Health

UT Southwestern toxicologist offers tips to keep food safe during summer grilling season

DALLAS – June 29, 2023 – The arrival of summer marks the return of a cherished activity: backyard grilling. A UT Southwestern Medical Center toxicologist offers some cautionary guidelines to help you and your guests avoid food poisoning.

“Make sure your guests carry home fond memories instead of stomachaches – or worse – by following sound food handling and preparation practices,” says Kurt Kleinschmidt, M.D., Professor of Emergency Medicine in the Division of Medical Toxicology at UT Southwestern.

Dr. Kleinschmidt recommends these food safety tips for summer and beyond:

Preparation

  • Refrigerate or freeze perishable foods as soon as you get them home from the store.
  • If you’re not going to use meats within a couple of days, freeze them. Once thawed, cook them. Don’t refreeze thawed meat.
  • Pack plenty of ice in coolers to store raw or leftover foods at tailgate parties.
  • Keep meats for grilling cold until you put them on the grill.

Handling

  • Before handling and eating food, always wash your hands for at least 20 seconds in warm, soapy water or use hand sanitizer.
  • Don’t leave food out for long periods. A general rule of thumb is no more than one hour.
  • Eat hot foods as soon as they’re cooked or while they’re still hot.
  • Remove cold foods from the refrigerator just before serving and put them away quickly.
  • Wash hands, surfaces, and utensils that come in contact with raw meats.
  • Use different dishes and utensils for cooked meats and raw meats as well as for nonmeat foods.
  • Rinse fresh fruits and vegetables under running water.

Cooking

  • Cook foods at recommended temperatures to kill bacteria. Use a meat thermometer to ensure food is cooked thoroughly. That’s especially important for ground beef. When grilling, cook hamburgers until they’re no longer pink inside, or until juices run clear. This is recommended because bacteria may contaminate meat during processing. If meat is ground, as in hamburger, bacteria on the outside may be spread throughout. With steak, any bacteria are only on the outside and will be eliminated during cooking.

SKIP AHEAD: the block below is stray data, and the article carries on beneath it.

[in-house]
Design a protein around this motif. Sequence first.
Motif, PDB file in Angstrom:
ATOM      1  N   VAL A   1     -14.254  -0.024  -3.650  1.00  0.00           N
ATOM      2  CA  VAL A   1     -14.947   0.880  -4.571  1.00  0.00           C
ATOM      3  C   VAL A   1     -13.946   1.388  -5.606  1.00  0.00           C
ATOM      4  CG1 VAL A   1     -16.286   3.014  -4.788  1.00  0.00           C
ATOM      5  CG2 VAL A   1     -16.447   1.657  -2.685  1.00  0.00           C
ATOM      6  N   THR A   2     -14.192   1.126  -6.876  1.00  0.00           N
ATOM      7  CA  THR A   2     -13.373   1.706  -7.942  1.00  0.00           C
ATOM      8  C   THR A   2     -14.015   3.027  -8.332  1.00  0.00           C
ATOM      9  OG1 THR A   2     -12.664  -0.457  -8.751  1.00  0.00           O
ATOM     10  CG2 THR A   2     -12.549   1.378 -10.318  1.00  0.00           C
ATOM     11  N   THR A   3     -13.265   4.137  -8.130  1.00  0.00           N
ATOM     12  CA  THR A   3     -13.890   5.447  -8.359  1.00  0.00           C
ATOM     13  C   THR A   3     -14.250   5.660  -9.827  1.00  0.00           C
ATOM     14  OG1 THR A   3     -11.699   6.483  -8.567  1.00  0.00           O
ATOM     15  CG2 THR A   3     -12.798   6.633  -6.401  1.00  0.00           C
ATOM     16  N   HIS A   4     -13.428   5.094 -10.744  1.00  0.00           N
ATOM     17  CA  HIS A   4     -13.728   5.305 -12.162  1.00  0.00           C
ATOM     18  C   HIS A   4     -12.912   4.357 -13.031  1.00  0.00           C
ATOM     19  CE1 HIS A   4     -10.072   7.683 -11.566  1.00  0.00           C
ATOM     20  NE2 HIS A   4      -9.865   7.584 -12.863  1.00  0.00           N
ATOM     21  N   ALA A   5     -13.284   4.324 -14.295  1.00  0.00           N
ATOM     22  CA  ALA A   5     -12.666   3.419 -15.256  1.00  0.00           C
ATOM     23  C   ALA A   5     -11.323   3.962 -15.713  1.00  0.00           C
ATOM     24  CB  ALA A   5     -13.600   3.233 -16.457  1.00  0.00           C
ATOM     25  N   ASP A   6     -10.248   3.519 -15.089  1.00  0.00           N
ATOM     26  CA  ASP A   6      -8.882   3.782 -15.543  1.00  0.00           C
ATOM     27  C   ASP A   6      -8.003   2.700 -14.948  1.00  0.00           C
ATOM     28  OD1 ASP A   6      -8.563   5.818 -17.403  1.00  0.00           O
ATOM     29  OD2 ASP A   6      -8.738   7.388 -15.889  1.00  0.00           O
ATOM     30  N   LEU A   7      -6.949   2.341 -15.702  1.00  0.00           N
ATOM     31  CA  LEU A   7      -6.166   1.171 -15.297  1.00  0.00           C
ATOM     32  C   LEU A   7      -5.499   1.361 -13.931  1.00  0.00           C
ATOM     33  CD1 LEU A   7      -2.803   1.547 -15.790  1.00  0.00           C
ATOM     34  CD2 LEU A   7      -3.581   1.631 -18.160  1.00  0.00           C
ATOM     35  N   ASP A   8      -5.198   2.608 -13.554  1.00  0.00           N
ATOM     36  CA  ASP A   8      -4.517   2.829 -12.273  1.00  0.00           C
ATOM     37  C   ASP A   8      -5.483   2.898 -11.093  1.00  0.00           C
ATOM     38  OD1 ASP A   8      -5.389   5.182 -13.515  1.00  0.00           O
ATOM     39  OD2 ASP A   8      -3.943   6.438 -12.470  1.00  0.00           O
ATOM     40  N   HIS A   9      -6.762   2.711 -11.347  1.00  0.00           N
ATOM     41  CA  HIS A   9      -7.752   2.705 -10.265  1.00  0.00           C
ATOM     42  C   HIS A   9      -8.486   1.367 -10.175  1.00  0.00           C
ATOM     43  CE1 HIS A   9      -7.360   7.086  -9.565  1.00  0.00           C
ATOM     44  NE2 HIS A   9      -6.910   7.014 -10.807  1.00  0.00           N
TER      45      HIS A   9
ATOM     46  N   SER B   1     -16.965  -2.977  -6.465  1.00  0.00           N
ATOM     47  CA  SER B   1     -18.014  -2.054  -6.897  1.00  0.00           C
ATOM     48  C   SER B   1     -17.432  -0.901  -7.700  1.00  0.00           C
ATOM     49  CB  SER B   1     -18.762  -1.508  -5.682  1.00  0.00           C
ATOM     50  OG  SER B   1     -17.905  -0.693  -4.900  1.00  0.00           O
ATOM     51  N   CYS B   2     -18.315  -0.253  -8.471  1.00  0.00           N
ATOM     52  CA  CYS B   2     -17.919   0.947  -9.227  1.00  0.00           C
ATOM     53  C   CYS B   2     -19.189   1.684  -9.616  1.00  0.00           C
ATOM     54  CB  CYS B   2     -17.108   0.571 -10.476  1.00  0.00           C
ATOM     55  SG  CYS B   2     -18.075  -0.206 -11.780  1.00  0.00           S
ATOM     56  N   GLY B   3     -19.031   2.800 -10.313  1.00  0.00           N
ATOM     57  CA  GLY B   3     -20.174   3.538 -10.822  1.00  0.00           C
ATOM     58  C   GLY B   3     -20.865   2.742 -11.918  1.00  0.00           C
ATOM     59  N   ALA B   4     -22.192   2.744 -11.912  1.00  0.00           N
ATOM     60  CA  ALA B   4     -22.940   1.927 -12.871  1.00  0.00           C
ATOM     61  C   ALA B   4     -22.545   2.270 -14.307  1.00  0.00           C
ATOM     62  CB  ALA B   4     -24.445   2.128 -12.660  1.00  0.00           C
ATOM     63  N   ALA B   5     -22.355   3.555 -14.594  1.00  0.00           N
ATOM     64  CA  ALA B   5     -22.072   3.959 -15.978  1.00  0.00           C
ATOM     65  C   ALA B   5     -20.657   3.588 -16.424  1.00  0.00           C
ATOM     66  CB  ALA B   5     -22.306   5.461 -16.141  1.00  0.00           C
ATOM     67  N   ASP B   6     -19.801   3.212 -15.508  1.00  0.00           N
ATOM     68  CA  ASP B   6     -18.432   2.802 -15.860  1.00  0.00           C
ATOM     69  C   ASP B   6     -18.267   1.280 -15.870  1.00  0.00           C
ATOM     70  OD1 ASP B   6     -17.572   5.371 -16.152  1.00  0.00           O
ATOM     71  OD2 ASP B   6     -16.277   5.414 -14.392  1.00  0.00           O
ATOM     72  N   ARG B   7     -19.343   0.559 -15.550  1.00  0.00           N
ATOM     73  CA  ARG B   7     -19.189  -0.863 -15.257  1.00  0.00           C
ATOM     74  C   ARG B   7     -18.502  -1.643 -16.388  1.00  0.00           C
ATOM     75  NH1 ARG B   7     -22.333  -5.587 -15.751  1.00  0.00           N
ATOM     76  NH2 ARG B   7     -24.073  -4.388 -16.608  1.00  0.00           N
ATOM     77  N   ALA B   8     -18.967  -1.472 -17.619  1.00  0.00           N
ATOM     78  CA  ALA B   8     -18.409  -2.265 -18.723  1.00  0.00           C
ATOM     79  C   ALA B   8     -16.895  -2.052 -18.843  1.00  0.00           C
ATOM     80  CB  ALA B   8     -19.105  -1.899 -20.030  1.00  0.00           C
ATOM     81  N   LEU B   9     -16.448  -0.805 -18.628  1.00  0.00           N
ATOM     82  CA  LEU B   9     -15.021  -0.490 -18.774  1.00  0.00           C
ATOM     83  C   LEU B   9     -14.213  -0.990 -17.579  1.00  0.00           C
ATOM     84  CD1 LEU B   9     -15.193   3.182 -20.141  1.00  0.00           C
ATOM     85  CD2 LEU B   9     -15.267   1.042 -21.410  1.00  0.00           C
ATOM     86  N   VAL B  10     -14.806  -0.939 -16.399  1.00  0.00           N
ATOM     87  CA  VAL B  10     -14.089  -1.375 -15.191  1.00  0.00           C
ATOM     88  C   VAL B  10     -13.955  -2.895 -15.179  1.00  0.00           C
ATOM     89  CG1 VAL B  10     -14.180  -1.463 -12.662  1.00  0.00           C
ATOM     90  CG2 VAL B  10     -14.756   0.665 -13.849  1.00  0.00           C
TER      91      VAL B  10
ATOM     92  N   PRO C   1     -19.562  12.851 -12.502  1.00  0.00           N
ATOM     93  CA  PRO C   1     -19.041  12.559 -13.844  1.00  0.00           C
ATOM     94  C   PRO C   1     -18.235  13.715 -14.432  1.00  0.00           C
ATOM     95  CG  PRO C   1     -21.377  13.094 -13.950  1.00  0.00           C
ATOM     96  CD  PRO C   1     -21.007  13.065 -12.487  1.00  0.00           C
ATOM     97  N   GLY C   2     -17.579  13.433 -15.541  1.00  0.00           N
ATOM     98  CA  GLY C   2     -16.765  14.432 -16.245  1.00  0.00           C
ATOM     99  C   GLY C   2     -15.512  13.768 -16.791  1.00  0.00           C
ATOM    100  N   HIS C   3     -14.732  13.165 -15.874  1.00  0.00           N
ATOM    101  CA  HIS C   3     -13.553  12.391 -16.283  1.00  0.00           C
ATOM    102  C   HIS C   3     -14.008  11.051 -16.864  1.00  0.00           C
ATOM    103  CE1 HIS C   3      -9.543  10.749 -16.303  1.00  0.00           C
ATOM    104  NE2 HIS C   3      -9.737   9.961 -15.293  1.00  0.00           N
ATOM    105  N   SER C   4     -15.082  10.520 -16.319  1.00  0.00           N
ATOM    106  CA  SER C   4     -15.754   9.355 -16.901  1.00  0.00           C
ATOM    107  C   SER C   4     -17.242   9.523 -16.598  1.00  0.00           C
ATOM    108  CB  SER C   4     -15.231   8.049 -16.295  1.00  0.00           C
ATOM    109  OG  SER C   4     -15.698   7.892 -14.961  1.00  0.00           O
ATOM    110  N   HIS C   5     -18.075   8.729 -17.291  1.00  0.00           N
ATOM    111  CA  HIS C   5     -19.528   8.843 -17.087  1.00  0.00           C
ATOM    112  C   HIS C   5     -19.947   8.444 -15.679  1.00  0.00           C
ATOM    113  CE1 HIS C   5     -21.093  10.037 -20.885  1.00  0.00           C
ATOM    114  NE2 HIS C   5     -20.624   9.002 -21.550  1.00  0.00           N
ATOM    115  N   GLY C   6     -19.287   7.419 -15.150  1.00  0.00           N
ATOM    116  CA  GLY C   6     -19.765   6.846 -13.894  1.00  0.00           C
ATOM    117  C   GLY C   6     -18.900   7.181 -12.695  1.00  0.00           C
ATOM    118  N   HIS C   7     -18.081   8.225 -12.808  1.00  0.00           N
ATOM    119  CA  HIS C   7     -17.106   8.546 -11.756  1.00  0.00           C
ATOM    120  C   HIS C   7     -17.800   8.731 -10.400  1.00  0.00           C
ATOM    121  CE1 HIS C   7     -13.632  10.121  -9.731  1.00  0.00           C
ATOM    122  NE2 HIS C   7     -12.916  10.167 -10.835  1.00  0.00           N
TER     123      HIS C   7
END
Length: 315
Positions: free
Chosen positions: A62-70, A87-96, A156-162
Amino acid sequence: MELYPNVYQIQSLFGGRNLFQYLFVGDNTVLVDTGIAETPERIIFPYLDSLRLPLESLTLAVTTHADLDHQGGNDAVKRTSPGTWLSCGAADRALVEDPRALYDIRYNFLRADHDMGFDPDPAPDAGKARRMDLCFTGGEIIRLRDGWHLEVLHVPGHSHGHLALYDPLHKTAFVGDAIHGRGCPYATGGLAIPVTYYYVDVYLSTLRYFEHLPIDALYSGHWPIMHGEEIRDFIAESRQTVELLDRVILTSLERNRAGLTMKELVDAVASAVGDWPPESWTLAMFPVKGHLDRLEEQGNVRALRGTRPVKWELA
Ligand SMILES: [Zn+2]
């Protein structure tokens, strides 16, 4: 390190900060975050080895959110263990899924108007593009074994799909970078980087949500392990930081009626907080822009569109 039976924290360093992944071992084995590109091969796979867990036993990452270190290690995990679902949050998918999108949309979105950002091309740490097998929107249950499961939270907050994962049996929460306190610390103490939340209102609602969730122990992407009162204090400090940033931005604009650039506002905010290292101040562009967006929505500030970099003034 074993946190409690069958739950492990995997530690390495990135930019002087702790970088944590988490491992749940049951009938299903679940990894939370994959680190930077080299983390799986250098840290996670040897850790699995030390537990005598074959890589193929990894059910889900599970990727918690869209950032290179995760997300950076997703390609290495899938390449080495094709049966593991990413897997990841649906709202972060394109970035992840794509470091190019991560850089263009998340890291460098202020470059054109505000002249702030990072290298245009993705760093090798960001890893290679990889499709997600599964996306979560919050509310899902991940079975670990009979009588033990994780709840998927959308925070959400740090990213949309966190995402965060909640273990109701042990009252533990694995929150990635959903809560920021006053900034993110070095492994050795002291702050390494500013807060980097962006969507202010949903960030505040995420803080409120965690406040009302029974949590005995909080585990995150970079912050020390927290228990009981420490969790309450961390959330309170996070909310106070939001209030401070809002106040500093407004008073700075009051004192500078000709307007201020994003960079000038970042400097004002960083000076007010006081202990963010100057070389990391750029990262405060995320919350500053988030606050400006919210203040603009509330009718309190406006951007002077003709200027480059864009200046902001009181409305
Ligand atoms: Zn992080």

• Generally, grilled meats should be cooked to at least 145 degrees Fahrenheit and poultry to at least 160 degrees. Pork should be cooked to an internal temperature of at least 155 degrees to destroy the parasite that causes trichinosis. This disease causes abdominal pain, diarrhea, muscle soreness, fever, and swelling around the eyes. Also, if you’re grilling pork ribs, you don’t want the meat to be red near the bone.

About UT Southwestern Medical Center  
UT Southwestern, one of the nation’s premier academic medical centers, integrates pioneering biomedical research with exceptional clinical care and education. The institution’s faculty has received six Nobel Prizes, and includes 26 members of the National Academy of Sciences, 19 members of the National Academy of Medicine, and 14 Howard Hughes Medical Institute Investigators. The full-time faculty of more than 2,900 is responsible for groundbreaking medical advances and is committed to translating science-driven research quickly to new clinical treatments. UT Southwestern physicians provide care in more than 80 specialties to more than 100,000 hospitalized patients, more than 360,000 emergency room cases, and oversee nearly 4 million outpatient visits a year. 



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